This is sort of an extension of a topic I've written about before, but it continues to be an issue in my workplace (which is a string of clinic/medical office building pharmacies, not a big corporate chain.) The organization is feeling the economic pinch and loss of revenues, just like many others. Our business is still quite steady, but cost-saving measures and ways to maintain our business are always at the forefront.
Some of the staff don't give a rat's ass and continue to do their job as they always have. But some of the 'good' technicians are conflicted as to how far they have to go to cater to people who don't present adequate insurance information, and they get varying directions from the pharmacist managers they work for. Some technicians feel they are now expected to get on the phone and track down insurance information for everyone who claims to have it --- they just don't have a card or don't know why our information is rejecting. Otherwise, the customer is either expected to pay cash price or (more often) walks out the door. It's slowly creeping into the realm of "customer service."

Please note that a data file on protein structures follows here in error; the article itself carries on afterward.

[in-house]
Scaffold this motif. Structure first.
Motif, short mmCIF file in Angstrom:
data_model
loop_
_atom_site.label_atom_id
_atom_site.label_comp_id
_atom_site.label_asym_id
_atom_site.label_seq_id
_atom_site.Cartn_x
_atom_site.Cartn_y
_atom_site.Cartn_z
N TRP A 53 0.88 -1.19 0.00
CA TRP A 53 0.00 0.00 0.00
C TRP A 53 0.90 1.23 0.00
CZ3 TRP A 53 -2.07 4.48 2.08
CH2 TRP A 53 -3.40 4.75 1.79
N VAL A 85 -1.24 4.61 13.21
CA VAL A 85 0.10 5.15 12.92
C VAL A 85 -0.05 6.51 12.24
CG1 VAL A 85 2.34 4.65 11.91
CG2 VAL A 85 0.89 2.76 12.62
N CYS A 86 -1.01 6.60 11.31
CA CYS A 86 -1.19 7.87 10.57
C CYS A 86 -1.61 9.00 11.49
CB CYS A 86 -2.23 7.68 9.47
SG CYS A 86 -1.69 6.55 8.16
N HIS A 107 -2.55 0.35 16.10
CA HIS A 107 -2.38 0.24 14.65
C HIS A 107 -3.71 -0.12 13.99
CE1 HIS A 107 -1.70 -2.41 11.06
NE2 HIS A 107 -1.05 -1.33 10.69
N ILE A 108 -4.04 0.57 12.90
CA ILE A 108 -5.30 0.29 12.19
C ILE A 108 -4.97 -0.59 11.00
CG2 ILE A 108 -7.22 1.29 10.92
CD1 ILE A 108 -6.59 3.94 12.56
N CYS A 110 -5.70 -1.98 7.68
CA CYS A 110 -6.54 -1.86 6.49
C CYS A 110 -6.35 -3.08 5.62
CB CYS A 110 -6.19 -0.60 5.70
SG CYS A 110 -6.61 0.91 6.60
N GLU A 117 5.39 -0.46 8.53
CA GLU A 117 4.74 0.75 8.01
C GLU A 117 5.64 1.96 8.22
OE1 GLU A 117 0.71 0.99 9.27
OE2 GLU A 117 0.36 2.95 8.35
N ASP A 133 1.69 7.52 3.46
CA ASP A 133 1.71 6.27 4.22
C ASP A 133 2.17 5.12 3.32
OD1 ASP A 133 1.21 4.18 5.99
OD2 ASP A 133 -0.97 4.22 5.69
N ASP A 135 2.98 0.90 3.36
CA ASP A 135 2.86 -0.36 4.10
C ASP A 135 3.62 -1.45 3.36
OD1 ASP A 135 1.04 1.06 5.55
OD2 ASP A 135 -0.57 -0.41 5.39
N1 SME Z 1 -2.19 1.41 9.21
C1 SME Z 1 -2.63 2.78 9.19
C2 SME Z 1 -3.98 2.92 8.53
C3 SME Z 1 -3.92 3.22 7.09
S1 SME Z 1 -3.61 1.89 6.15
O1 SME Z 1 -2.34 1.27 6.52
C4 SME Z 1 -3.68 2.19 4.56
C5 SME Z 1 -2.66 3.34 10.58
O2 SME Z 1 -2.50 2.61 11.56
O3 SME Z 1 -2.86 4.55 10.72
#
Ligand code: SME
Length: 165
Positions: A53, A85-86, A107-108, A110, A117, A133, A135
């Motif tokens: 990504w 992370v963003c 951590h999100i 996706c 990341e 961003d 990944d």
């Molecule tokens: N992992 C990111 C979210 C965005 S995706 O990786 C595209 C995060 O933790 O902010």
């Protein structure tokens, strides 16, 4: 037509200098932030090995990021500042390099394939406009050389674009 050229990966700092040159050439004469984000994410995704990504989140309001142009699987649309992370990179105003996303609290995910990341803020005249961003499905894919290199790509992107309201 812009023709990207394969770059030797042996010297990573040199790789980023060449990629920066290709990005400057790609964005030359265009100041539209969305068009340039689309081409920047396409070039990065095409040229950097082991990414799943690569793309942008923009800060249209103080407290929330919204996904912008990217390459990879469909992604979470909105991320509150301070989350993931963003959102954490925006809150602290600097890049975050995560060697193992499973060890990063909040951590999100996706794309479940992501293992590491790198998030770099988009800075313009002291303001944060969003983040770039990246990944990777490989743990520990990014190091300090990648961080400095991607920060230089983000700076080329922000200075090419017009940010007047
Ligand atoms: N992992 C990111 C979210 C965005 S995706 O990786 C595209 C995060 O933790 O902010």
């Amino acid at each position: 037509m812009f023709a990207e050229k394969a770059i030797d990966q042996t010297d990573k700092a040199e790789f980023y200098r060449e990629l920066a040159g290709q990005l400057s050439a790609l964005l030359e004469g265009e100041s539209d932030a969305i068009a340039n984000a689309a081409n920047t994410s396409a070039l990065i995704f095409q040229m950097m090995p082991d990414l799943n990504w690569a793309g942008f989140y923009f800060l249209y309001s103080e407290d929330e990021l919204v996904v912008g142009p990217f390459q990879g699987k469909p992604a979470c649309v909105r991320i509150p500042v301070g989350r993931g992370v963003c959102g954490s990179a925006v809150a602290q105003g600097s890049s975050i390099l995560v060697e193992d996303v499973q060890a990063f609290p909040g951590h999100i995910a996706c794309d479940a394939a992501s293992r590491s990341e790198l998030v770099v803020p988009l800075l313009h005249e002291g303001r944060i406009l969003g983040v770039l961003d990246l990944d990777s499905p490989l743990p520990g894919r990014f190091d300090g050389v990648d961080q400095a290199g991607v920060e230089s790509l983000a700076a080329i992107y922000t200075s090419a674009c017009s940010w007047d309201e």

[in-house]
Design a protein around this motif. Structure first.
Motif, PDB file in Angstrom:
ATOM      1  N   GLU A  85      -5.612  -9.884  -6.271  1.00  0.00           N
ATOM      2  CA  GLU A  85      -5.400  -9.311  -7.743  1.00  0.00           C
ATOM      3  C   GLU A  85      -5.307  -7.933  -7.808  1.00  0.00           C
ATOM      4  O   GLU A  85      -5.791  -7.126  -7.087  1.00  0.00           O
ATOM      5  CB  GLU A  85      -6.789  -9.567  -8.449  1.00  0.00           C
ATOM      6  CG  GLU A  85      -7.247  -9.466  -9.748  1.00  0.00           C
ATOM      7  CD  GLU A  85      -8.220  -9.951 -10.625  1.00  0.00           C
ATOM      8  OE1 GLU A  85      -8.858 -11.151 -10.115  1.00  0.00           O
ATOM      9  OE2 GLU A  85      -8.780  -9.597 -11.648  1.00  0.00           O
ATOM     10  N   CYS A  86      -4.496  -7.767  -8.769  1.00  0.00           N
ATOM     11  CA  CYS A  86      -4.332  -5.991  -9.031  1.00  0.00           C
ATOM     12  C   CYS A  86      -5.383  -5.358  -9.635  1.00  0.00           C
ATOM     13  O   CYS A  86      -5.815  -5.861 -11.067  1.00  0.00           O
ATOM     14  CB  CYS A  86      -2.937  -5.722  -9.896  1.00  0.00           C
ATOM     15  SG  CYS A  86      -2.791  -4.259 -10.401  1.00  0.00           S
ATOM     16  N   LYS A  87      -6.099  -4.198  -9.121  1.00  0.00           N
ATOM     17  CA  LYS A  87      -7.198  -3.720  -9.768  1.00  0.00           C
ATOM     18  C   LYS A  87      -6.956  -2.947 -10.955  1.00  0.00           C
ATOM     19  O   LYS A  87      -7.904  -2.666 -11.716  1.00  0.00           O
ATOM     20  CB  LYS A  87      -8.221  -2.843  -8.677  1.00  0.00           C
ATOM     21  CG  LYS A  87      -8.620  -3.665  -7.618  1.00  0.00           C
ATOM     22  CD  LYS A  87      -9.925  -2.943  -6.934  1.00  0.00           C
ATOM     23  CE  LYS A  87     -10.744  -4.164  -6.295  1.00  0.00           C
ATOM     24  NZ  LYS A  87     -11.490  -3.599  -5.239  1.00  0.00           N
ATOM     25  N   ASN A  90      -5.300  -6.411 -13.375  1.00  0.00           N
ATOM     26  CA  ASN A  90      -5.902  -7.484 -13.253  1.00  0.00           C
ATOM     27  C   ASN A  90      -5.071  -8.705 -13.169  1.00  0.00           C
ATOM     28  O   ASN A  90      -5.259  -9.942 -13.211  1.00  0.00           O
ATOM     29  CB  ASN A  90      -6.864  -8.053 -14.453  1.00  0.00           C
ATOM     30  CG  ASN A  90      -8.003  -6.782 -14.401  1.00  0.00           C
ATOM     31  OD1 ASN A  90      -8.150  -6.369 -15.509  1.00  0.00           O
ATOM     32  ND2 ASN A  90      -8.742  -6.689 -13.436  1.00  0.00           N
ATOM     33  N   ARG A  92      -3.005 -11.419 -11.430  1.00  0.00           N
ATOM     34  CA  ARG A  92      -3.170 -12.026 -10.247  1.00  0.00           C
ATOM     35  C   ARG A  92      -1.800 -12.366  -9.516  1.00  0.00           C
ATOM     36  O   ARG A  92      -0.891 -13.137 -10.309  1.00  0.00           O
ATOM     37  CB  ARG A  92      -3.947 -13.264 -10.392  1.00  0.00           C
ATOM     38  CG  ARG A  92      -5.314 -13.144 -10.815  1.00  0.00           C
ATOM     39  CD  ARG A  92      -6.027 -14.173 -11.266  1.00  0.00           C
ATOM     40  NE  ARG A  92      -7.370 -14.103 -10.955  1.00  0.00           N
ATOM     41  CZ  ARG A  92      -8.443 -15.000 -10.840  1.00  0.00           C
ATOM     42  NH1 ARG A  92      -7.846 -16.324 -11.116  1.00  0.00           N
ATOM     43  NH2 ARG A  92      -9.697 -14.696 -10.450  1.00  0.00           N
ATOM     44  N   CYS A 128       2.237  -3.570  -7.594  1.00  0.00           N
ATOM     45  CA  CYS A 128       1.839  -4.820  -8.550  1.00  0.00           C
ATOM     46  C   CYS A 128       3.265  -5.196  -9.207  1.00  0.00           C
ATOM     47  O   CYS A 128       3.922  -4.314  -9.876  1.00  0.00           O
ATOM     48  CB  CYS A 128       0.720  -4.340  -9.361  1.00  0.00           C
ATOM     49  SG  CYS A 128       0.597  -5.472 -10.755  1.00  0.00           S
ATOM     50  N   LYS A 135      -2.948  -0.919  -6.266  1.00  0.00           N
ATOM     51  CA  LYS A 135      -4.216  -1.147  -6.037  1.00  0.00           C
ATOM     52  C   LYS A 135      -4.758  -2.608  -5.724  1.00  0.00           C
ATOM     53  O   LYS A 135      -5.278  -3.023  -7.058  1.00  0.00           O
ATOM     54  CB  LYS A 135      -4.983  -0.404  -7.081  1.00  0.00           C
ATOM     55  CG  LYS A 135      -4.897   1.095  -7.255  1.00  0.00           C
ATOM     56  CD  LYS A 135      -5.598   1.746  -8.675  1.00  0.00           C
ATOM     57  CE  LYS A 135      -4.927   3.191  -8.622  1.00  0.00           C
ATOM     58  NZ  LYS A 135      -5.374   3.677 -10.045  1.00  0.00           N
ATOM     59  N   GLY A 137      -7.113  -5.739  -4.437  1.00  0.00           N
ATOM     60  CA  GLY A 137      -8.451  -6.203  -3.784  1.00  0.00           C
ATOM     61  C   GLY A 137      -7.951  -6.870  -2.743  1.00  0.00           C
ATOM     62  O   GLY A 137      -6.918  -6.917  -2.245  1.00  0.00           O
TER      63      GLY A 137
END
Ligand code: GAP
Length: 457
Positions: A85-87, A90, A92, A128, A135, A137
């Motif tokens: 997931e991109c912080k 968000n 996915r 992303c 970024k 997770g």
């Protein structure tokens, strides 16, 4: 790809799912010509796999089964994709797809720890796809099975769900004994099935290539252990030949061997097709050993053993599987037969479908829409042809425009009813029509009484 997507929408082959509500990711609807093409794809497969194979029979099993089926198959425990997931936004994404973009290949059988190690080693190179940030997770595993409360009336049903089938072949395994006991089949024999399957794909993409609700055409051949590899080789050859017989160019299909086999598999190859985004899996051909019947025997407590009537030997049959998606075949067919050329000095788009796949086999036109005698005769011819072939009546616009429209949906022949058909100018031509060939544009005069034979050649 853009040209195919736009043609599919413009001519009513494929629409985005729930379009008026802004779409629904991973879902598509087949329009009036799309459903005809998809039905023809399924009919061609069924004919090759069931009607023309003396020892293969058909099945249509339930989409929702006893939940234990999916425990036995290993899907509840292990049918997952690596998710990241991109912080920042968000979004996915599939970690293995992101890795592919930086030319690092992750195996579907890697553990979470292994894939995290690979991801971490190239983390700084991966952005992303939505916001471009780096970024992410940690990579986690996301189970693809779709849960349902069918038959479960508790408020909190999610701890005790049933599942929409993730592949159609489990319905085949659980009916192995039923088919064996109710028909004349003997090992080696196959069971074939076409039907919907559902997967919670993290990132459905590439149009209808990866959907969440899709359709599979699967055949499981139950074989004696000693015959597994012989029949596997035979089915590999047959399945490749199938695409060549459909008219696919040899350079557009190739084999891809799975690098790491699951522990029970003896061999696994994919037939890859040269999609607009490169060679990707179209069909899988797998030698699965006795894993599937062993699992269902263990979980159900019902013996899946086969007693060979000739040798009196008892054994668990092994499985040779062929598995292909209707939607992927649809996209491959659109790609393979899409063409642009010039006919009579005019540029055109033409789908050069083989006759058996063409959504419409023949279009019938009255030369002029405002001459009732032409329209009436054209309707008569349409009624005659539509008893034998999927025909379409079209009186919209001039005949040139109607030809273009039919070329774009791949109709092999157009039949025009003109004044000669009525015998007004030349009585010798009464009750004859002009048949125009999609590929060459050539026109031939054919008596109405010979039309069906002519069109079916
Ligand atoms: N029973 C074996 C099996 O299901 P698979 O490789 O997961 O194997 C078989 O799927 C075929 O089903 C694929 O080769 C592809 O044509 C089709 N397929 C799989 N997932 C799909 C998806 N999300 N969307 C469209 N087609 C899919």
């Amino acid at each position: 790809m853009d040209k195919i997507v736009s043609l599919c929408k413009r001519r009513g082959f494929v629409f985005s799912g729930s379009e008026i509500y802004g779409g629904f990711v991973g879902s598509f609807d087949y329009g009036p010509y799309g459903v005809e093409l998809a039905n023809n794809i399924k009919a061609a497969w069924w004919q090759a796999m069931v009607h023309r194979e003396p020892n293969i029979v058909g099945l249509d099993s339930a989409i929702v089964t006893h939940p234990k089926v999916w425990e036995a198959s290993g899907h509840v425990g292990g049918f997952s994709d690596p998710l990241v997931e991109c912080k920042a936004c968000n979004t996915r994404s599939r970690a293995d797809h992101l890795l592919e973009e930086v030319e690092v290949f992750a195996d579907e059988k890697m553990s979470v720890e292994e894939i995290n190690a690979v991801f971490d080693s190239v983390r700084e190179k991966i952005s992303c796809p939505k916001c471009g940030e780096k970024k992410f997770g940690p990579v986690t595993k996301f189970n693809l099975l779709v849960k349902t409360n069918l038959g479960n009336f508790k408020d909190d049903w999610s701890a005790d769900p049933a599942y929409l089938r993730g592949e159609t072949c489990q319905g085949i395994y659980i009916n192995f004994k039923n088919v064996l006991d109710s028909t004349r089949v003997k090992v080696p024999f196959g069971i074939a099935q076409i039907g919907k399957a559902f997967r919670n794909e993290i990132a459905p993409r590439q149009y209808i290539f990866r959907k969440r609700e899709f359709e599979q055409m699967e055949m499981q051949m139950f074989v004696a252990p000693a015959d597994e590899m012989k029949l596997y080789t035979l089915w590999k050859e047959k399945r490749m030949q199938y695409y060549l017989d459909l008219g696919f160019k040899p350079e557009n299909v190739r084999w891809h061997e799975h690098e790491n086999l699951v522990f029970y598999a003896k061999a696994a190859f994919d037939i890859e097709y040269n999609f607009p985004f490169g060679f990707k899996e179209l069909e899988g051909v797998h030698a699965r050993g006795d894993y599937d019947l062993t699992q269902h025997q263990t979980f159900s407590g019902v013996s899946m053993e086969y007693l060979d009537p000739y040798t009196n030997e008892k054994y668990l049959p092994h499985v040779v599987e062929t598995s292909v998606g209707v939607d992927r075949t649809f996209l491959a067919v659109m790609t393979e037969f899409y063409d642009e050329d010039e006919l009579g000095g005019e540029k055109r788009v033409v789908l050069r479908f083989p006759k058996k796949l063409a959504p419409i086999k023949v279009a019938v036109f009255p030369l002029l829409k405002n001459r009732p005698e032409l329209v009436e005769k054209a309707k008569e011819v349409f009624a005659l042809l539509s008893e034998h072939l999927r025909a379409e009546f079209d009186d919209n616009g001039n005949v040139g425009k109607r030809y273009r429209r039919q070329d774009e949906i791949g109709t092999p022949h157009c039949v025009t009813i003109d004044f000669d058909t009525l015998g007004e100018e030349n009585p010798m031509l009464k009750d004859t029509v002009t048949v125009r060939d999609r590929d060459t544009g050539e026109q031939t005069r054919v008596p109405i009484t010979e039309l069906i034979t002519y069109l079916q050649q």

I'm conflicted about this. Don't get me wrong, I know that pharmacies are not obligated to verify insurance, period. That information has to be supplied by the customer. We don't expect the Target cashier to call our bank to get our credit card number. And the big chain pharmacies doing 800+ scripts a day have absolutely no capacity to do this -- the wait time on a prescription would be about a week! I get really annoyed when someone expects me to bill an insurance they can't produce. Being in a clinic environment, we do sometimes have access to more information than an outside pharmacy would, but I have actually told technicians on the phone with insurance, "look, we're just getting too bogged down here -- just give the customer their options. We can't solve this for them." But the technicians will tell me some pharmacists expect it of them, especially the managers in some of the smaller stores who are worried about their prescription volumes.
So I guess I'm not sure where to draw the line between being helpful and facing reality. I'll call an insurance provider if I believe it's something I can solve relatively quickly. Some of the insurance companies have websites, but the first thing they want is the patient's ID number and that's usually what you don't have. If it's a regular customer who's well known to me, and all of a sudden their insurance doesn't work, I'll try to help them. But I do NOT want people to expect this, and many of them now seem to.
Oh yeah, and if that prescription is $4 you can be darn sure the Insurance Detective Service will NOT be offered....